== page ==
In the latest of his series of regular columns, Burke Files, Fee Inc examines how a thorough Due Diligence process pays off even in the most unlikely of circumstances.
I have some amazing clients. What makes them amazing - is that I can help them make well-informed choices and they educate me in minutia of their respected industries. One client is a retailer of high-end designer men’s and women’s ware and a wholesale of lesser items. Helen buys the clothes from all sorts of odd locations, liquidations, damaged or refused containers, and from other wholesalers that end up with garments they know she likes.
What was interesting as I am tracking down the origin and history of seven small containers she is rifling through crates of men’s suits and jackets and throwing the goods in to three piles as fast as she can. I continue to trace the containers and provide her with some origin information. The containers I am looking at are containers from Vancouver Canada that were not picked up at their ports of destination. The containers have been declared abandoned and sold off at auction. The buyer of the containers, opened them, noticed there were designer suits and called her to what she would pay for the contents of the seven containers.
All seven containers originated in Victoria, B.C. Canada and five were shipped to Florida and two were shipped to Boston. Just from the origin and destination she thought something was fishy - Vancouver B.C. Canada is not a big origin destination for Italian designer suits. However, Vancouver B.C. Canada has a very large population of Chinese that do work very closely with family members and their business operations in China. With the origin of the containers and what she was seeing in the containers information - she cursed loudly and began digging into the second container. Again sorting the contents - some time by boxes and sometime individuals all being sorted into three piles.
I had to ask - what are the three piles? She explained to me that the containers contained a mixture of suits. The three categories of suits were a) 80 per cent finished shells, b) authentically labeled suits, but appeared to be 2nd hand, and c) “subway suits” (one only sold in the dark dank subways).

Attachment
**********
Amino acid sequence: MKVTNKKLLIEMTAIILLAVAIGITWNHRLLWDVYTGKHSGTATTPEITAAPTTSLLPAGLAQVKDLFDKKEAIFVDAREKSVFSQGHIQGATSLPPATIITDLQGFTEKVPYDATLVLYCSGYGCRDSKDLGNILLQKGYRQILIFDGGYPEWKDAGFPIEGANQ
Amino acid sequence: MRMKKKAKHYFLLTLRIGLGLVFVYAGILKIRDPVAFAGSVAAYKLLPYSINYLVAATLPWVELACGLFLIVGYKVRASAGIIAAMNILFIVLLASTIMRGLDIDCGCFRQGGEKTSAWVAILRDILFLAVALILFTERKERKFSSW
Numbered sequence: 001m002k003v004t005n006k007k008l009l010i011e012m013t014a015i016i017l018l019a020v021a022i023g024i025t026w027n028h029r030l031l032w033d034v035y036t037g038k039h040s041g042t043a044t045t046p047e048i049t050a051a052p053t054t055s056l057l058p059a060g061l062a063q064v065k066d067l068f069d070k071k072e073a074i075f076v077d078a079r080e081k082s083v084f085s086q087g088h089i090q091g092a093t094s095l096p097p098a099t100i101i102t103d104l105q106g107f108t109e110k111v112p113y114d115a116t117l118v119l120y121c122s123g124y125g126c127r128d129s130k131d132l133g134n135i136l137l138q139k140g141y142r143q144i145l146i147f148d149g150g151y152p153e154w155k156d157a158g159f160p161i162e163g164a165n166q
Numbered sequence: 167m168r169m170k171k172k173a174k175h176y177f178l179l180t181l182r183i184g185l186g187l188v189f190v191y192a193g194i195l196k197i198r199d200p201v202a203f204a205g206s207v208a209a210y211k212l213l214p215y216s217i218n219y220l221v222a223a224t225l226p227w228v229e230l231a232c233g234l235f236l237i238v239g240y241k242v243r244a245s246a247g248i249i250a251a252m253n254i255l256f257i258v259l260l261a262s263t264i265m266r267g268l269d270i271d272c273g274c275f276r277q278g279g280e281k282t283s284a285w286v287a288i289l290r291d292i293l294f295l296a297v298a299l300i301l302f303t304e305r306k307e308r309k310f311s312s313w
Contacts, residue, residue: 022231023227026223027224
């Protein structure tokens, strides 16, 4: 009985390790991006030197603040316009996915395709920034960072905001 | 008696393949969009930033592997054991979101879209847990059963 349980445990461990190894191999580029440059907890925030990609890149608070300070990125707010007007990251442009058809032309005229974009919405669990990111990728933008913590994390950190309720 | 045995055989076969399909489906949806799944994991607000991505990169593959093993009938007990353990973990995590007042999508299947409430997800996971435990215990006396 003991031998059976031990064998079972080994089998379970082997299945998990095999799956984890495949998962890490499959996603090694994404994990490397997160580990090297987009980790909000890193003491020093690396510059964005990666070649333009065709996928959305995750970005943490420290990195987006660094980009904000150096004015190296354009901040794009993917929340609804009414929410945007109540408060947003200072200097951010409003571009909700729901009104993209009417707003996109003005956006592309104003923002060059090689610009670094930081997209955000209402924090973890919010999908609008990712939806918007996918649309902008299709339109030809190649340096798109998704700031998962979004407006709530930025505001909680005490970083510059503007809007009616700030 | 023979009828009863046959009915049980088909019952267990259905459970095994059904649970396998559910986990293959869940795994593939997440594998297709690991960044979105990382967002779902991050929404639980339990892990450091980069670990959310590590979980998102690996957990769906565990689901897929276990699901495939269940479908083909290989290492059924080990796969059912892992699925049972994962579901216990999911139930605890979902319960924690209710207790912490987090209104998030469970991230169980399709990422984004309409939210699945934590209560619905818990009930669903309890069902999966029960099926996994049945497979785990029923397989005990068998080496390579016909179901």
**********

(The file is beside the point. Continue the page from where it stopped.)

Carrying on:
The 80 per cent finished shells are all machine made and while some of them are very nice and very well made suits, they are still machine made. These shells were destined for a shop in one or more location that will pawn them off as all handmade suits and who will sell the finished suits at retail for from US$1,500 to US$2,500. She said the shells cost about US$100 to US$150 each and again are nice, but they are not a handmade suit and do not have the artisanal quality that a wholly handmade suit possesses. Again - she said they are are not bad suits, not bad at all - but are the not the construction of a fully made handmade suit.
The authentically labeled suits for the most part appear to be 2nd hand. These suits were found as the top layer of each of the boxes covering up what might be below and while these were authentic, they were still 2nd hand suits.
The third were some suits she said were already made in China, and appear to have had some “value added” in Canada for tax purposes and have a "Made in Canada" label. Her comments were a wry - “I don’t even think the label was made in Canada”.
So how did she sort the suits at such a furious pace?
Brioni is the most knocked off suit brand. There is even a brand B. Brioni that sells for US$250 for what would be US$1,680 genuine Brioni suit. Brioni is a ready-made label but the design and construction of the suits is what makes them so special. Every detail in design, selection of materials and construction is paid close attention. You will see in the lining of the jackets, the pants and even in the waistband has “Brioni” with the distinctive B woven into the fabric. Pockets are made by hand, jackets are fully lined and fully canvassed, and all of the buttonholes are sewed by hand.